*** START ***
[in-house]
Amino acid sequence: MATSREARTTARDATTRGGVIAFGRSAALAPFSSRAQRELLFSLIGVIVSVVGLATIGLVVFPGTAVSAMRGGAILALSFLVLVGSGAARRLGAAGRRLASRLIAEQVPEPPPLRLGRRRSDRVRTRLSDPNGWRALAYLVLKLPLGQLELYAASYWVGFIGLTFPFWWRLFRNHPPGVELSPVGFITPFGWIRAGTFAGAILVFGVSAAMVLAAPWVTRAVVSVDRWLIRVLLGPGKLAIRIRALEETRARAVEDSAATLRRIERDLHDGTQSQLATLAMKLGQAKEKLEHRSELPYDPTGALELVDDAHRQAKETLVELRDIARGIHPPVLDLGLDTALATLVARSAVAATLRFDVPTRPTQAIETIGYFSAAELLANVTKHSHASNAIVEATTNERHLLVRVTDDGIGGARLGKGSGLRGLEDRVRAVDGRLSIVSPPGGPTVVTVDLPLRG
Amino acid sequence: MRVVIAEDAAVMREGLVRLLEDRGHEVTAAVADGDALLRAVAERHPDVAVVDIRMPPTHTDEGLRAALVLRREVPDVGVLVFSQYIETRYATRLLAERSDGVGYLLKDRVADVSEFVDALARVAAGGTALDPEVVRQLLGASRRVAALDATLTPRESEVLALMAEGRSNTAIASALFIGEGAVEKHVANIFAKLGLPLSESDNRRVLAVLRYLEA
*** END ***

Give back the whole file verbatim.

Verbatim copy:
[in-house]
Amino acid sequence: MATSREARTTARDATTRGGVIAFGRSAALAPFSSRAQRELLFSLIGVIVSVVGLATIGLVVFPGTAVSAMRGGAILALSFLVLVGSGAARRLGAAGRRLASRLIAEQVPEPPPLRLGRRRSDRVRTRLSDPNGWRALAYLVLKLPLGQLELYAASYWVGFIGLTFPFWWRLFRNHPPGVELSPVGFITPFGWIRAGTFAGAILVFGVSAAMVLAAPWVTRAVVSVDRWLIRVLLGPGKLAIRIRALEETRARAVEDSAATLRRIERDLHDGTQSQLATLAMKLGQAKEKLEHRSELPYDPTGALELVDDAHRQAKETLVELRDIARGIHPPVLDLGLDTALATLVARSAVAATLRFDVPTRPTQAIETIGYFSAAELLANVTKHSHASNAIVEATTNERHLLVRVTDDGIGGARLGKGSGLRGLEDRVRAVDGRLSIVSPPGGPTVVTVDLPLRG
Amino acid sequence: MRVVIAEDAAVMREGLVRLLEDRGHEVTAAVADGDALLRAVAERHPDVAVVDIRMPPTHTDEGLRAALVLRREVPDVGVLVFSQYIETRYATRLLAERSDGVGYLLKDRVADVSEFVDALARVAAGGTALDPEVVRQLLGASRRVAALDATLTPRESEVLALMAEGRSNTAIASALFIGEGAVEKHVANIFAKLGLPLSESDNRRVLAVLRYLEA